Reduced Lawn Watering

raymondo17(z9 Sacramento)March 4, 2014

Out here in California, we're experiencing one of the driest years on record. Thankfully we've gotten some rain the last week or two, but we're still way below average. Both local and state governments are urging residents to reduce their water consumption. Is it possible to reduce the amount of water we give our lawns and still keep them looking healthy? I've known the rule of thumb to be "give your lawn an inch of water a week." Are there ways to reduce that and still have a lush, green lawn?

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joepyeweed(5b IL)

Not really. the lawn, the concept of a lush green lawn comes from England, that typically has that much moister climate naturally.... and it has a cooler, less variation in temperatures that is also perfect for growing what we think of as a lawn.

People in America put a lot of effort and inputs (water and fertilizer, weed control) to create a turf that isn't natural for most of our climate. (people on the east coast and in the NW have a better natural climate for grass)

I don't water my lawn in the summer and I let it go dormant. It does green back up again in the fall when the temperatures and moisture are more appropriate for grass. My turf is a fine leaf fescue mix that is more drought tolerant. The type of grass that I grow and how I manage it isn't necessarily going to work in other areas of the country. (not going to work in say florida or texas)

I've also minimized the amount of lawn that I have, so I've got more landscape beds of plants that are native to the climate where I live, so they don't need supplemental water once they are established.

    Bookmark   March 5, 2014 at 11:30AM
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love_the_yard(z9A Jax FL)

Yes, I have. I have a full yard irrigation system that I have not used in about two years. I did that by planting enough trees that all of my lawn - front, back and sides - gets a half day shade, one way or another. Most grass will do just fine as long as it is not subjected to ALL-day sun. My St. Augustinegrass (yes, believe it or not, that is the correct spelling) has done fantastic with the half-day of sun, a half-day of shade. I'm not really even sure if my irrigation system is still fully operational. And I had my separate irrigation meter removed in January. I love trees.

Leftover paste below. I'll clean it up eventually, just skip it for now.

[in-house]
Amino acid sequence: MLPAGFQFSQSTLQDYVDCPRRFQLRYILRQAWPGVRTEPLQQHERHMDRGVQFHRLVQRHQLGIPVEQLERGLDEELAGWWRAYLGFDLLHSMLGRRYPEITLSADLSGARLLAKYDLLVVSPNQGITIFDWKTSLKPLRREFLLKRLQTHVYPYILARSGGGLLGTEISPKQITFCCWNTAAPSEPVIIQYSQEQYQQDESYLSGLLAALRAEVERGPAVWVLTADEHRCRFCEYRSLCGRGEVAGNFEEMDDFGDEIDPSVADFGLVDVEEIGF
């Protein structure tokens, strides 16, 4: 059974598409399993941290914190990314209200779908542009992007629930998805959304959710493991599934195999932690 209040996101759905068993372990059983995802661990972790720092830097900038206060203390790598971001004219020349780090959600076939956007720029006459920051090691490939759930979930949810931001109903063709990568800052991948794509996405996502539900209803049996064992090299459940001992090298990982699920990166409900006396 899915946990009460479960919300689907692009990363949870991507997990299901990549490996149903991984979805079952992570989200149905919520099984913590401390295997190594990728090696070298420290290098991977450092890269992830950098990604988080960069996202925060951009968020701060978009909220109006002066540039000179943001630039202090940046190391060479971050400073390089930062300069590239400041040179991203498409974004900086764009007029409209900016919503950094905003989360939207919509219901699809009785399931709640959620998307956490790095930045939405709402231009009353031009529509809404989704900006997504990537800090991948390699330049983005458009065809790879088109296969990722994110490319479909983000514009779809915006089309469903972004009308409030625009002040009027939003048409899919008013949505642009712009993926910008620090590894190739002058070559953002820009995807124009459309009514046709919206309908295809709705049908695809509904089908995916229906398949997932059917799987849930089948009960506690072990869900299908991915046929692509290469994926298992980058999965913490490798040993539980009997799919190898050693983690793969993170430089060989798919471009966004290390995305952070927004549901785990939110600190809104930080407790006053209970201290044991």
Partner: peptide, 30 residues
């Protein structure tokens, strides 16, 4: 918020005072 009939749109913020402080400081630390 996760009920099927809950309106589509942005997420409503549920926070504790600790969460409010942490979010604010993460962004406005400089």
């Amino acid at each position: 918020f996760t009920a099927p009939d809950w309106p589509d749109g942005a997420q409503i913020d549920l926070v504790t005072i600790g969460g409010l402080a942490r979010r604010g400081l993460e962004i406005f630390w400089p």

Carol in Jacksonville, Florida

    Bookmark   March 5, 2014 at 11:37AM
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joepyeweed(5b IL)

Trees are great, my yard is in deep shade, which is one reason why I grow the fine leaf fescues.

Plus carol, where you live in Florida, you get a lot more rain than many other people. A good friend of mine lives not too far from Carol lives (in Yulee) - however her subsoil is pure sand.... any rain or moisture my friend gets drains away fairly quicky.

I am not familiar with the rain cycles in Sacramento... except for hearing about the brutal drought, how much rain is typical and it is fairly uniform throughout the year where you live?

    Bookmark   March 5, 2014 at 5:40PM
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raymondo17(z9 Sacramento)

Thanks for the replies here.

>I am not familiar with the rain cycles in Sacramento... except for hearing about the brutal drought, how much rain is typical and it is fairly uniform throughout the year where you live?Well, let me put it this way: after about the end of April, average rainfall is about 0.00 until the end of October or early November. Rain is not a factor during the warm season in Sacramento. We rely completely upon our sprinklers during the summer months.

    Bookmark   March 5, 2014 at 7:13PM
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Kimmsr(4a/5b-MI)

How much organic matter is in the soil can determine how long, during a drought, the grass will continue growing and stay green since organic matter in the soil helps hold moisture, and in clay soils helps the moisture tightly held by the clay to be available to the grass. Then again planting drought tolerant grasses, such as Buffalo
Grass, could be an option.

    Bookmark   March 6, 2014 at 6:55AM
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